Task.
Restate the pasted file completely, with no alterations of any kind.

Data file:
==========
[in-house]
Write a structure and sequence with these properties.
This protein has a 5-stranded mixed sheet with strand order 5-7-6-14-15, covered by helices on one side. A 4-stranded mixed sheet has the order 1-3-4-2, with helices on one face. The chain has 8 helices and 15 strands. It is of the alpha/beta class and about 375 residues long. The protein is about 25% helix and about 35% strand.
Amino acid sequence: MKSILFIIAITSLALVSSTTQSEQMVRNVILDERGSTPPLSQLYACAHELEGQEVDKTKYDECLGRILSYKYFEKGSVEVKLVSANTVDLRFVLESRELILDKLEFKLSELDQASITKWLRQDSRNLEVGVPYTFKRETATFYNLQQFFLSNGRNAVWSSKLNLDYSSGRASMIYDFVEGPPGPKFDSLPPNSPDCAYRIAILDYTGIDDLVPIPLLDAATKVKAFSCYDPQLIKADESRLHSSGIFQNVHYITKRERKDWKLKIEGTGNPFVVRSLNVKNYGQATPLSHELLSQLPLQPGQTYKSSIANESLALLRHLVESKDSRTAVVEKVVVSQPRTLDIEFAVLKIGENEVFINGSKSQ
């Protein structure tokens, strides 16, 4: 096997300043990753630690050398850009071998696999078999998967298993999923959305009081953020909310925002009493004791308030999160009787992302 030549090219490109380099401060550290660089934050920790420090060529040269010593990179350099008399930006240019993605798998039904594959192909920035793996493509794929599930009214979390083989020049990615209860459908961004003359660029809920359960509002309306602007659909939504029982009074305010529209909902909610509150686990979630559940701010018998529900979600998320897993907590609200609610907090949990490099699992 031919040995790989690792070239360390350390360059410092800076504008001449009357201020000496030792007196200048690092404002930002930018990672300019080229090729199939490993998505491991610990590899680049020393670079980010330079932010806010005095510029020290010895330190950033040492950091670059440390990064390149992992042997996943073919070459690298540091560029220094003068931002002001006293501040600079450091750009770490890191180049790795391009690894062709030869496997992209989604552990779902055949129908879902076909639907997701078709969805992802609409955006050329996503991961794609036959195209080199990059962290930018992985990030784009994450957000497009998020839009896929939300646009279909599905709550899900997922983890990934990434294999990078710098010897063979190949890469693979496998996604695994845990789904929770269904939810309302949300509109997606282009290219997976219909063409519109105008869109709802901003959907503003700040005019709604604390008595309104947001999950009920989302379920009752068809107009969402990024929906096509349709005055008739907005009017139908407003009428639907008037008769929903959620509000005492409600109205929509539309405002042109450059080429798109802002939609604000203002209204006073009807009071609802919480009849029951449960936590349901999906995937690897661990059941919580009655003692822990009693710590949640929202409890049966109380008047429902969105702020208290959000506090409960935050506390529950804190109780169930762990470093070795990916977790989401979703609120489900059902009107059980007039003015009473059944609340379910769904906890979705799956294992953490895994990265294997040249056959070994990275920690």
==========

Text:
[in-house]
Write a structure and sequence with these properties.
This protein has a 5-stranded mixed sheet with strand order 5-7-6-14-15, covered by helices on one side. A 4-stranded mixed sheet has the order 1-3-4-2, with helices on one face. The chain has 8 helices and 15 strands. It is of the alpha/beta class and about 375 residues long. The protein is about 25% helix and about 35% strand.
Amino acid sequence: MKSILFIIAITSLALVSSTTQSEQMVRNVILDERGSTPPLSQLYACAHELEGQEVDKTKYDECLGRILSYKYFEKGSVEVKLVSANTVDLRFVLESRELILDKLEFKLSELDQASITKWLRQDSRNLEVGVPYTFKRETATFYNLQQFFLSNGRNAVWSSKLNLDYSSGRASMIYDFVEGPPGPKFDSLPPNSPDCAYRIAILDYTGIDDLVPIPLLDAATKVKAFSCYDPQLIKADESRLHSSGIFQNVHYITKRERKDWKLKIEGTGNPFVVRSLNVKNYGQATPLSHELLSQLPLQPGQTYKSSIANESLALLRHLVESKDSRTAVVEKVVVSQPRTLDIEFAVLKIGENEVFINGSKSQ
């Protein structure tokens, strides 16, 4: 096997300043990753630690050398850009071998696999078999998967298993999923959305009081953020909310925002009493004791308030999160009787992302 030549090219490109380099401060550290660089934050920790420090060529040269010593990179350099008399930006240019993605798998039904594959192909920035793996493509794929599930009214979390083989020049990615209860459908961004003359660029809920359960509002309306602007659909939504029982009074305010529209909902909610509150686990979630559940701010018998529900979600998320897993907590609200609610907090949990490099699992 031919040995790989690792070239360390350390360059410092800076504008001449009357201020000496030792007196200048690092404002930002930018990672300019080229090729199939490993998505491991610990590899680049020393670079980010330079932010806010005095510029020290010895330190950033040492950091670059440390990064390149992992042997996943073919070459690298540091560029220094003068931002002001006293501040600079450091750009770490890191180049790795391009690894062709030869496997992209989604552990779902055949129908879902076909639907997701078709969805992802609409955006050329996503991961794609036959195209080199990059962290930018992985990030784009994450957000497009998020839009896929939300646009279909599905709550899900997922983890990934990434294999990078710098010897063979190949890469693979496998996604695994845990789904929770269904939810309302949300509109997606282009290219997976219909063409519109105008869109709802901003959907503003700040005019709604604390008595309104947001999950009920989302379920009752068809107009969402990024929906096509349709005055008739907005009017139908407003009428639907008037008769929903959620509000005492409600109205929509539309405002042109450059080429798109802002939609604000203002209204006073009807009071609802919480009849029951449960936590349901999906995937690897661990059941919580009655003692822990009693710590949640929202409890049966109380008047429902969105702020208290959000506090409960935050506390529950804190109780169930762990470093070795990916977790989401979703609120489900059902009107059980007039003015009473059944609340379910769904906890979705799956294992953490895994990265294997040249056959070994990275920690």